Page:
In a bad transaction, the customer may get the product, or get their question answered, but they don't feel good about how they were treated.

What are some practical ideas for improving service at a small business?

Start by asking your associates what they think would help improve the service they are giving, over the telephone, online, and in person. Just by asking, you'll gain great ideas from them as well as their trust and commitment, because they'll feel valued as employees.

Next, ask your customers about what's working, what's not working, and what kind of customer service they would like, ideally. They are a key source of information for you. Some companies use survey cards or online surveys, others do formal voice-of-the-customer research. If you can't do any of that, just ask customers informally when you interact with them as the business owner. Anything is better than doing nothing and assuming you know how your customers are feeling.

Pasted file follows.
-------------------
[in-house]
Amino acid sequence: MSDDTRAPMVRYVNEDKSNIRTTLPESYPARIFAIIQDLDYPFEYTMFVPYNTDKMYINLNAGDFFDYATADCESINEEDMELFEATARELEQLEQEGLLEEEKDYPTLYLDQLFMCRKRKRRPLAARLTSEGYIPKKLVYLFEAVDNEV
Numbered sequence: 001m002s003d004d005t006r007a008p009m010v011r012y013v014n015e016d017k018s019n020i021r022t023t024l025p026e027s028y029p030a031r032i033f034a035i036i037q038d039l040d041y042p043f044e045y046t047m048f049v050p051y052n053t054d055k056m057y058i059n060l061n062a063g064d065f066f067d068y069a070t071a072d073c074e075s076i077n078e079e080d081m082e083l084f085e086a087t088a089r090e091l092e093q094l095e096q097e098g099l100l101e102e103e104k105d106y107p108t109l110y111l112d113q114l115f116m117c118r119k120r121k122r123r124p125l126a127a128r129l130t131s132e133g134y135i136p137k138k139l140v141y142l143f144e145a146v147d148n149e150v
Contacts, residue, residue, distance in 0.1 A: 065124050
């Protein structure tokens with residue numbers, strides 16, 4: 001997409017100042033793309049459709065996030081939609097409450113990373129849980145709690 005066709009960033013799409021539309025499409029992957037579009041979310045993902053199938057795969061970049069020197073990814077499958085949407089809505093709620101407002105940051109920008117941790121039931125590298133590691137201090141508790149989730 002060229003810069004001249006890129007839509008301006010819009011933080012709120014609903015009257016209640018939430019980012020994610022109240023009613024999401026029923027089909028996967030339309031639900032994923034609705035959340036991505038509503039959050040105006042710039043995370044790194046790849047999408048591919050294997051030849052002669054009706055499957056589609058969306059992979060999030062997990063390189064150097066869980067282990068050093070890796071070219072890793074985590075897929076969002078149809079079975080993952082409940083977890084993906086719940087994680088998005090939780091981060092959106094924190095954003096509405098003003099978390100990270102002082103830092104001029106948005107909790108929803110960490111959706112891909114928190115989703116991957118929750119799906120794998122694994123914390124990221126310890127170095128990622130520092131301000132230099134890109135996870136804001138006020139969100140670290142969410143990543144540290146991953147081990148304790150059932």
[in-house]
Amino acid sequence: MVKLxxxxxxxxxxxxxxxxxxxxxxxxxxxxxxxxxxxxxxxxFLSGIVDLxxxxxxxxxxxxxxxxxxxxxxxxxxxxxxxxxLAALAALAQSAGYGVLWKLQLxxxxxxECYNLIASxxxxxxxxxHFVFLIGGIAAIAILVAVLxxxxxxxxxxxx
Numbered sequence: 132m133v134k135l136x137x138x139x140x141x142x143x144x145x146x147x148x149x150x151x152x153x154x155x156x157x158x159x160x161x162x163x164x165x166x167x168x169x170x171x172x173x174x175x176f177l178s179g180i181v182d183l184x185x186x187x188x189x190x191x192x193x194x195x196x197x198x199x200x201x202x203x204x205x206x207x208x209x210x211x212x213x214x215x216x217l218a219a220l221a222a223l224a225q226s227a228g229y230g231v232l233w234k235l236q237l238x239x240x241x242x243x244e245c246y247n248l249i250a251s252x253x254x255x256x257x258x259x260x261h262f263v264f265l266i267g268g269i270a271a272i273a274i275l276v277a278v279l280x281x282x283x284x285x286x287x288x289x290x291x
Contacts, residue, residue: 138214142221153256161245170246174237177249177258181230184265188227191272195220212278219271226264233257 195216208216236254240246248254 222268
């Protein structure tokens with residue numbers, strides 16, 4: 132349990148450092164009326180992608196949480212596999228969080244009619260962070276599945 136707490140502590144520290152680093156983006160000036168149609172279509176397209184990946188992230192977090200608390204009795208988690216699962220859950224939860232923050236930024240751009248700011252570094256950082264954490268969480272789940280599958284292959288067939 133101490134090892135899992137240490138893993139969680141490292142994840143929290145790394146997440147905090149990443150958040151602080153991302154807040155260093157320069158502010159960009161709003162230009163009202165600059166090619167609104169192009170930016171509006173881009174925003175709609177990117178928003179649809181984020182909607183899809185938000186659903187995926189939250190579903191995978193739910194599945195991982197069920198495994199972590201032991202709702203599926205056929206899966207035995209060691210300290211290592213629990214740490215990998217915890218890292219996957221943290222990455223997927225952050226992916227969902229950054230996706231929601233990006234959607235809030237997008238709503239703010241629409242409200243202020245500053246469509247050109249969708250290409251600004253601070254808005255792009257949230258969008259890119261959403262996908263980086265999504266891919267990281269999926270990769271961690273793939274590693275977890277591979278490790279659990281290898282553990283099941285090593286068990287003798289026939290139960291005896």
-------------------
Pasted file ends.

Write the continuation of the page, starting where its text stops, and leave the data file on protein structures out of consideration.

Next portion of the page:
What things does your firm emphasize during customer service training sessions?

We tape people in realistic, tough customer service scenarios so they can hear themselves and listen to what they're doing right as well as make suggestions for how they can improve. We start with the greeting that a business gives its customers, because it's so important to make that connection immediately. Are the words you're using tragic or magic? Is your tone of voice flat, rushed, or unwelcoming? Particularly on the telephone, your tone of voice makes about 80% of the impression on the customer.

You want to come across upbeat, sincere, and competent. Don't use phrases like "hopefully," "I'll try," "you need to talk to someone else," or "that's not my department." Those words chip away at the customer's belief in you and your firm. If they feel they're getting cut off, or rushed off, or provoking an angry response, that's tragic for your business.

In terms of positives, use the customer's name as soon as you hear it. Tell the customers right up front that you can help them. Even if you can't solve their entire concern, you can get them some help and it's amazingly effective to tell them that at the start. Something else is to empathize with the customers, understand their concern, and let them know you care. When someone gets treated like that, the interaction will be effective, efficient, and they'll leave the company with a more positive feeling about the organization as a whole.